The Life and Times of Cavour - Vol. 1

By William Roscoe Thayer | Go to book overview

CHAPTER XV
PIEDMONT THE NATIONAL LEADER

IN the ebb-and-flow of the seasons, there comes a turning point when we say, "Yesterday was winter; today is spring." The change may have been long brooding, unexpected, almost unhoped-for; but we recognize it immediately. At a given moment, we are surprised to note a new feel in the air, to see buds peep forth on twig and tree, to find a new strange exaltation in the heart. When we looked last, the fields were stubble; now a delicate verdure is creeping across them. Nature, which for many months has seemed utterly absorbed by death, now pours life and more life into every nerve and fibre of the visible world. History too has its equinoctials. Such a seasonal divide was the Congress of Paris for the Italians.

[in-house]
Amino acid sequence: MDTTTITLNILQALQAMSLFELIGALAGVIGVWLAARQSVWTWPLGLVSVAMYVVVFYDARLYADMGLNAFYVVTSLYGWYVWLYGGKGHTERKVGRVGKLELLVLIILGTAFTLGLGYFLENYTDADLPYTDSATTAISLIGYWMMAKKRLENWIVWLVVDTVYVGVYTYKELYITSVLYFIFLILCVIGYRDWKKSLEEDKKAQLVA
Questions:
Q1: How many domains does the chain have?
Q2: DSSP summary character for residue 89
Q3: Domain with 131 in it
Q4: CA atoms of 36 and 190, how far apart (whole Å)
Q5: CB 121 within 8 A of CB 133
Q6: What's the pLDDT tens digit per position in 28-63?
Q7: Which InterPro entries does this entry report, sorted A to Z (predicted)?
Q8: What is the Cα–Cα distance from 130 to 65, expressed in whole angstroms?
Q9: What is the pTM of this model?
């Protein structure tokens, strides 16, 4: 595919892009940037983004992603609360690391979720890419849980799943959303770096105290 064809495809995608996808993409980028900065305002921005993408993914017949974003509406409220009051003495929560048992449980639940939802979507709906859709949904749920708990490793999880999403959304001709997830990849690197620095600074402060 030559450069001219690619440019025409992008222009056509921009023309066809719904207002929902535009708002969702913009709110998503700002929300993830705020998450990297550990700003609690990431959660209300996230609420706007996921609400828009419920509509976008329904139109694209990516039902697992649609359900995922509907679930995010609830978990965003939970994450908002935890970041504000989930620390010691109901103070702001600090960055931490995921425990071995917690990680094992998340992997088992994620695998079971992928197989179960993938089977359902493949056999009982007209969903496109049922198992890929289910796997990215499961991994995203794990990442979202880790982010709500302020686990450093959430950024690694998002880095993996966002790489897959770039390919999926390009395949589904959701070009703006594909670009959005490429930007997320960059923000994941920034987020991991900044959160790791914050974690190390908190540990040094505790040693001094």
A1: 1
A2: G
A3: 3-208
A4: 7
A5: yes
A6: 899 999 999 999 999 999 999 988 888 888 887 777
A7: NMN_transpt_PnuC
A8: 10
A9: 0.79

At the outset, the result seemed too merely "moral" to satisfy persons who thought that Providence paid only in material coin. But soon it was perceived that the implications were of far more importance than the formal acts of the Congress. Europe had listened to Piedmont as the spokesman of Italy; the wrongs of the Peninsula were ventilated; Cavour, Piedmont's pilot, had suddenly acquired international fame and had sown in the minds of the statesmen of England and France his plan of redemption. Next to gaining their goodwill, he valued his achievement in holding up Austria as the irreconcilable enemy of Piedmont, the direct cause of Italy's terrible condition. To focus the patriotism of the Italians on the great enemy of Italy was indispensable; but it was far less simple then than it appears now: because everywhere outside of Piedmont, patriots of every party -- Moderates, Radicals and Reds -- still deceived themselves by thinking that local insurrections could do good. Untaught by the lesson of 1849, that Austria would step in to restore Absolutism in every province, they still cherished the delusion of 1848 -- that no matter where the spark of revolution were dropt, it would light a fire that would sweep from Sicily to the Alps.

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